5. To dial a number, select Quick Dial from the Dial menu and enter a number. Click the Dial button. Your modem should function normally.

Trouble Shooting

If your modem doesn't work, follow these suggestions to try to remedy the problem.
  1. Run Preferences and click the Computer button. Make sure the COM port for your modem is turned on.
  2. In the Computer section of Preferences, the interrupt settings are displayed for the COM ports. No two devices on your computer can use the same interrupt. For example, if your COM1 has a 4 underneath it and your COM3 also has a 4, the interrupt signals will conflict with each other. If your mouse is using COM1 IRQ4 and your modem is using COM3 IRQ4, for example, you will need to change your mouse or your modem to a different interrupt or a different port.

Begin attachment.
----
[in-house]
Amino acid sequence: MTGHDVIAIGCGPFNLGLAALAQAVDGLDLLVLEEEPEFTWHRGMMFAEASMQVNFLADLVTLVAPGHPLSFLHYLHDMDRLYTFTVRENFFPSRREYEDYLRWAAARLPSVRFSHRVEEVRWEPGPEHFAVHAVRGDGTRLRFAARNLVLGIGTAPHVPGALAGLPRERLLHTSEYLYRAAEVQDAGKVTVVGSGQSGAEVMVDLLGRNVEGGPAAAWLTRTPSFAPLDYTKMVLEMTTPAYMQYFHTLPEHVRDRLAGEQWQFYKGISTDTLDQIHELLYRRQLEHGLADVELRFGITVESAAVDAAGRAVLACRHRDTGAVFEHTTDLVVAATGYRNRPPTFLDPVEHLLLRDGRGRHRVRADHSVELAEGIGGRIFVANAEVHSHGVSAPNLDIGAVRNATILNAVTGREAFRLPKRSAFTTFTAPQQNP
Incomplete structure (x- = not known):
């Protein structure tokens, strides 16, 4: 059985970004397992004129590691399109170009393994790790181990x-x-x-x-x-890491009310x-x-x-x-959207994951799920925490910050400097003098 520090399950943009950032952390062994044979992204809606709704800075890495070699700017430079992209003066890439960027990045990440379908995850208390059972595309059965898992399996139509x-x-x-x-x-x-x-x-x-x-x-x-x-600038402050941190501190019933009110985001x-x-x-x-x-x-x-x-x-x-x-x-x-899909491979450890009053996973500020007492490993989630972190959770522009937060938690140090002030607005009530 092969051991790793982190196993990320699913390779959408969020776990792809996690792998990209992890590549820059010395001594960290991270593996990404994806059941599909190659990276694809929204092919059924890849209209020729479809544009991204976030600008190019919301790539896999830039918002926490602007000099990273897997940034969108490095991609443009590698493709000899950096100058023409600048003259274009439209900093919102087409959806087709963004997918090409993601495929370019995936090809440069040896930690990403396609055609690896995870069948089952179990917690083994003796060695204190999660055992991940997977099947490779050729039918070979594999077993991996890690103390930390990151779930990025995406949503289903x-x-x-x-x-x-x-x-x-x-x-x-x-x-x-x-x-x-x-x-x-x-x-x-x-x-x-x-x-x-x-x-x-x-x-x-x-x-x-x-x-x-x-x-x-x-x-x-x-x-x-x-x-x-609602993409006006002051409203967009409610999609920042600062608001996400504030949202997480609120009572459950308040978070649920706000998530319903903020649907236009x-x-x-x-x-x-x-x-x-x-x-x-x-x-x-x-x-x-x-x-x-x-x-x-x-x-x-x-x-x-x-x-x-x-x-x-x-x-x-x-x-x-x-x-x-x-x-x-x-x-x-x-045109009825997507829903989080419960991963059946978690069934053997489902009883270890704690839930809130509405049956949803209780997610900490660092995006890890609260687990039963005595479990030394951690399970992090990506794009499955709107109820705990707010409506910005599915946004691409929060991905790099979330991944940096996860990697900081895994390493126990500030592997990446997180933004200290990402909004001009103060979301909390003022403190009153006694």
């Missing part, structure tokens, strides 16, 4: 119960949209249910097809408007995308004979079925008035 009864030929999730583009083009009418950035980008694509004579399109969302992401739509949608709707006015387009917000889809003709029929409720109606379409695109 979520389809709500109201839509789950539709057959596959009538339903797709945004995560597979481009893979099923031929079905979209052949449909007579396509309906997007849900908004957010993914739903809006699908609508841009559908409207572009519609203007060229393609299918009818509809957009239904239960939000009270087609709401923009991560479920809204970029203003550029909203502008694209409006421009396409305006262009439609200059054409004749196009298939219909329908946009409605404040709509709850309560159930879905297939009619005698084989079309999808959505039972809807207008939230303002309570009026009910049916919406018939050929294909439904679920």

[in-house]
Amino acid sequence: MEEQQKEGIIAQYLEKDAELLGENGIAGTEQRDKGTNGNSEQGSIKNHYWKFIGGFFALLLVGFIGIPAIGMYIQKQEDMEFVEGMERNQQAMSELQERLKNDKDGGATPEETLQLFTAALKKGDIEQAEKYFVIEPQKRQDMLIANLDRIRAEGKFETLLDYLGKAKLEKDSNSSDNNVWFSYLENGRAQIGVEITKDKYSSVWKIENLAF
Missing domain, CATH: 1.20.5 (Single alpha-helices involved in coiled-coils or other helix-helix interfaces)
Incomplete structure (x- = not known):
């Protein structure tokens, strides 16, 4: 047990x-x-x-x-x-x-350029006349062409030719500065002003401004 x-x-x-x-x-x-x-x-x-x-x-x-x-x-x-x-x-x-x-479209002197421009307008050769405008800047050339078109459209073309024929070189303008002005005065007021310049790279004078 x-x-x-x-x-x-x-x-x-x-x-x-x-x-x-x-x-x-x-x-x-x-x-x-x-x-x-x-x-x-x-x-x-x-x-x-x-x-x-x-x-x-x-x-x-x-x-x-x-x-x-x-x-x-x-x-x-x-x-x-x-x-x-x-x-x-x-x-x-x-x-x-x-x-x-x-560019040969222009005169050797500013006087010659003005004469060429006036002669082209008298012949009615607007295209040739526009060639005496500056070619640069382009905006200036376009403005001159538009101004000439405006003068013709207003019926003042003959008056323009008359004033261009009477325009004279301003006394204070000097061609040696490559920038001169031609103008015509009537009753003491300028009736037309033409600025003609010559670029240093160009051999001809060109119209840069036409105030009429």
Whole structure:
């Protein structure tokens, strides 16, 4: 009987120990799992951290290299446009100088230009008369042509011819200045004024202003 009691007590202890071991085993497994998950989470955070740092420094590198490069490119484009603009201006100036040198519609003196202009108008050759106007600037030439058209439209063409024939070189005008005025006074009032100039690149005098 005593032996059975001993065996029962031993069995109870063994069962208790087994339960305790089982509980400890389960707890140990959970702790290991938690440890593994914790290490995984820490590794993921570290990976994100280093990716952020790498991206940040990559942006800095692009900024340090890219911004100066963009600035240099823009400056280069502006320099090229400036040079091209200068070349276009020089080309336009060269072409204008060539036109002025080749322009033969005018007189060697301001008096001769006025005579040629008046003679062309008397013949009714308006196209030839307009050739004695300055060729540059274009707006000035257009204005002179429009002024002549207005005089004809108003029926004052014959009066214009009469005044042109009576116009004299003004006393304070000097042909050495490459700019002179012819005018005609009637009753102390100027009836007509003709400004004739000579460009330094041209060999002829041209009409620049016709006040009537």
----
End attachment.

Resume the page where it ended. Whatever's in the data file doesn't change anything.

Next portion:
3. If you can't move your mouse to a different port, you'll need to change the interrupt setting on your modem.
    For an internal modem, the interrupt is set either by switches on the modem itself or, if you have a Plug & Play modem, by the software driver for the modem. Look in your modem instructions for the correct way to change it. Sometimes the instructions refer to interrupt settings as "IRQ" settings.
    For an external modem, the best solution is to use a COM port with an interrupt that won't conflict with another device.
  4. Once the interrupt setting has been changed on the modem, go back into Preferences and click on Computer. The new interrupt setting should be displayed below the modem's COM port. If the wrong interrupt setting is displayed, change it to the correct number. If a question mark is displayed, raise or lower the number and then return it to the correct number. Click on OK.